Ripley joined her colleagues before entering the nearby San Cristobal Medical Facility to retrieve a trauma kit for Taylor. There she met Dr. Kuhlman, one of the surviving doctors, who agreed to help her retrieve the supplies she needed, but refused to leave his office until she had recovered the passcode and keycard required to access the hospital dispensary. In the corridors of the deserted hospital, Ripley was again confronted by the Alien, which hunted her as she attempted to complete her goals. Despite the creature's presence, she recovered the necessary items and returned to Kuhlman, whom she scolded for placing her in danger. He apologized and prepared to leave with her, but was at that moment dragged away by the Alien, the creature having broken into his office behind him. Ripley fled to the hospital dispensary, recovering the necessary trauma kit and initiating the hospital's evacuation procedure to allow her to escape. As she left the area, however, the Alien dropped from a vent overhead and appeared to have her cornered, before an explosion temporarily knocked Ripley unconscious. Upon waking she found the area heavily damaged and the Alien gone.

Returning to Samuels and Taylor, Ripley found them being held at gunpoint by Marshal Waits and his deputy Ricardo of the Colonial Marshal Bureau. After defusing the situation, Waits informed Ripley that the Alien had been brought to Sevastopol by the Anesidora, the ship that had recovered the Nostromo's flight recorder, and that he had the ship's captain, Marlow, in custody at the Bureau headquarters. He also informed her that the explosion that had inadvertently saved her from the creature was in fact a trap set by his men in the hopes of killing it. At the Bureau headquarters, Ripley interrogated Marlow, learning that his crew had discovered the flight recorder drifting in space and had followed the data it contained in the hopes of locating and salvaging the Nostromo. It had led them to the derelict on LV-426, and as they explored the vessel Marlow's wife, Foster, had been attacked by a Facehugger. Marlow brought her to Sevastopol seeking help, but in doing so unleashed the Alien upon its populace. Ripley attempted to inquire more, but Marlow demanded his freedom in return, which she could not grant.

The plan

"The tower can be shut off — vents, doors, everything. So you build a cage around the creature, then Ricardo locks it down."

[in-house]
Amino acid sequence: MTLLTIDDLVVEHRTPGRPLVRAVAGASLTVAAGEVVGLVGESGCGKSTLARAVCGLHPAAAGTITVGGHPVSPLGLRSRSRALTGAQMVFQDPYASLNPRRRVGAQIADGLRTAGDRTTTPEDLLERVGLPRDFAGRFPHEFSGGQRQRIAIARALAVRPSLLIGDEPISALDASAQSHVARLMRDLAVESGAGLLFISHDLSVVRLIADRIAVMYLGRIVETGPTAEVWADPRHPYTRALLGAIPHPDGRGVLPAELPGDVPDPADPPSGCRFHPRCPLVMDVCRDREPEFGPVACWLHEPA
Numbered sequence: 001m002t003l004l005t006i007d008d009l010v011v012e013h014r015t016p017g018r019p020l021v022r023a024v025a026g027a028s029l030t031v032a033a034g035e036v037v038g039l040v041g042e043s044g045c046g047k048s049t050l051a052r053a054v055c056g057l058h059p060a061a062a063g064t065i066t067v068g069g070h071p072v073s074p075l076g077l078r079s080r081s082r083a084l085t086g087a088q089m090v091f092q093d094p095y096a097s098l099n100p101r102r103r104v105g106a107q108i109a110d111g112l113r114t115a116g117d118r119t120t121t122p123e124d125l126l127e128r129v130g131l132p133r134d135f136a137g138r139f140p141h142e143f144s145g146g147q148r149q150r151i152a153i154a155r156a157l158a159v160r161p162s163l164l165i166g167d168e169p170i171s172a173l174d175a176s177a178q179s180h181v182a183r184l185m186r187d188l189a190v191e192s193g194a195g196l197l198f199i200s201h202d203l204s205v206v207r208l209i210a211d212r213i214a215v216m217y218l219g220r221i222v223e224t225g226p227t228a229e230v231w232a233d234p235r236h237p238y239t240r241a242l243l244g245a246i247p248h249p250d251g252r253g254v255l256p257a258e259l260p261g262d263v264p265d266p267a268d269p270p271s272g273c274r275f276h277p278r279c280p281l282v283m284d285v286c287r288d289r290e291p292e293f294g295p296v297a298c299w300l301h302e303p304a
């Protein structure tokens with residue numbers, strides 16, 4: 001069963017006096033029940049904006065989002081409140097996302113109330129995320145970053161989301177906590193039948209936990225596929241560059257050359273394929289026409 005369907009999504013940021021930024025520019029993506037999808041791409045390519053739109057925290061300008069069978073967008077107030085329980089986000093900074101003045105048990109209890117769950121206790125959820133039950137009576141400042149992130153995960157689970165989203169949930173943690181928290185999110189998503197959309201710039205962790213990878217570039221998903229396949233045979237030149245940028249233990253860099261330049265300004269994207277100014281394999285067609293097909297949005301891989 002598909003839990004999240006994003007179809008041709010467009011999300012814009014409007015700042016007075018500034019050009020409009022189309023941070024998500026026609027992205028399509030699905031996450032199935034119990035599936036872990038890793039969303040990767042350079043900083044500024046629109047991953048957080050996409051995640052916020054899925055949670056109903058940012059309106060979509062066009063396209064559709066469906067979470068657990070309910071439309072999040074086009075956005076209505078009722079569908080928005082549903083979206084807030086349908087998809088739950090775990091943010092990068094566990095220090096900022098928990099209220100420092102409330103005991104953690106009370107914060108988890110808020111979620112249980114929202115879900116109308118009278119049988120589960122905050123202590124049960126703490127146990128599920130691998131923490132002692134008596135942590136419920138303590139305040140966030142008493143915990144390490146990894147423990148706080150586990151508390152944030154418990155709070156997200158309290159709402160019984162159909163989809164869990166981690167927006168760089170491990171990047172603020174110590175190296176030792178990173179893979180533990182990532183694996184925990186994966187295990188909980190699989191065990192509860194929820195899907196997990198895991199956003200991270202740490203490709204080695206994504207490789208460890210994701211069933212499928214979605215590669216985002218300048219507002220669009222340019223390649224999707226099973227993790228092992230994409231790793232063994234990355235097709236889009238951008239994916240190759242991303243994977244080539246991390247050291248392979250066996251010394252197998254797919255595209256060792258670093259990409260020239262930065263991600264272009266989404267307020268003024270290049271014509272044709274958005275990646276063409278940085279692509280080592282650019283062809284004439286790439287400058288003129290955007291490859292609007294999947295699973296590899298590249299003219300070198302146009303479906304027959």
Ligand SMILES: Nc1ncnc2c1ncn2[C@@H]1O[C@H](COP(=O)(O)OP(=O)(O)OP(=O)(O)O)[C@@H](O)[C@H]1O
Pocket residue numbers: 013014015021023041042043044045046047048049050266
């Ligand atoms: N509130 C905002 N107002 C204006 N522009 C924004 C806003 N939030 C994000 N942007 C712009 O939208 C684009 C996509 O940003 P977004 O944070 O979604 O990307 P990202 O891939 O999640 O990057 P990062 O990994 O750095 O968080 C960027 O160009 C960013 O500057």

Waits, describing the plan to Ripley (from Alien: Isolation)
Waits informed Ripley of his plan to neutralize the Alien by trapping it in the Lorenz SysTech Spire, inside a server hub that could be totally sealed off. With little alternative, Ripley agreed to help, arming herself with a Flamethrower before heading out to begin sealing the area. The plan went wrong when Ripley was mistakenly trapped inside with the Alien, and Ricardo was forced to lift the lockdown to allow her to escape, thereby releasing the Alien once more. Waits improvised a new plan to lure the creature into the Gemini Exoplanet Solutions labs before jettisoning the entire module into space, thereby ridding Sevastopol of the Alien altogether. Ripley again spearheaded the scheme, but was betrayed by Waits when he detached the module with her still inside. Ripley managed to fend off the Alien with her flamethrower long enough to get to an airlock, don an EVA suit and space-jump back to Sevastopol. Behind her, the jettisoned module was sucked into KG-348's gravity well and destroyed, along with the Alien on board.


"APOLLO's let the androids off the leash. They're attacking on sight!"
Ripley, to Waits (from Alien: Isolation)
On her way back to the Colonial Marshal Bureau, Ripley discovered that the station's Working Joe's were now slaughtering its remaining human survivors, including Waits, whom she heard being killed over the radio. Upon reaching the Bureau, she found only Ricardo had survived the attack. In an attempt to stop the murderous androids, Ripley helped Samuels interface with the station's artificial intelligence, APOLLO, so that he might order the computer to stop the carnage. Despite Ripley's desperate attempts to save him, Samuels was killed by APOLLO's defensive countermeasures, but not before he opened up access to APOLLO's core for Ripley.

Interfacing with APOLLO, Ripley discovered that Sevastopol had in fact been purchased by Weyland-Yutani two days after the Torrens set out for the station, and that the company had programmed the computer with Special Order 939 directing it to preserve the Alien for capture, regardless of casualties; evidently APOLLO had come to view the human survivors as a threat to the creature's survival, and had therefore begun eliminating them by way of the androids under its control. Ripley ordered APOLLO to cease its actions, pointing out that as the Alien was no longer on board, the computer had no reason to follow its orders. However, APOLLO refused, citing an irregularity in the station's reactor core. Investigating the core, Ripley discovered the Alien had constructed a Hive, inside which many of its victims were cocooned, used as hosts to breed even more Aliens. Despite her terror, Ripley entered the Hive to initiate a reactor purge, hoping to destroy the nest. While she succeeded, several Aliens escaped into the station before the blast.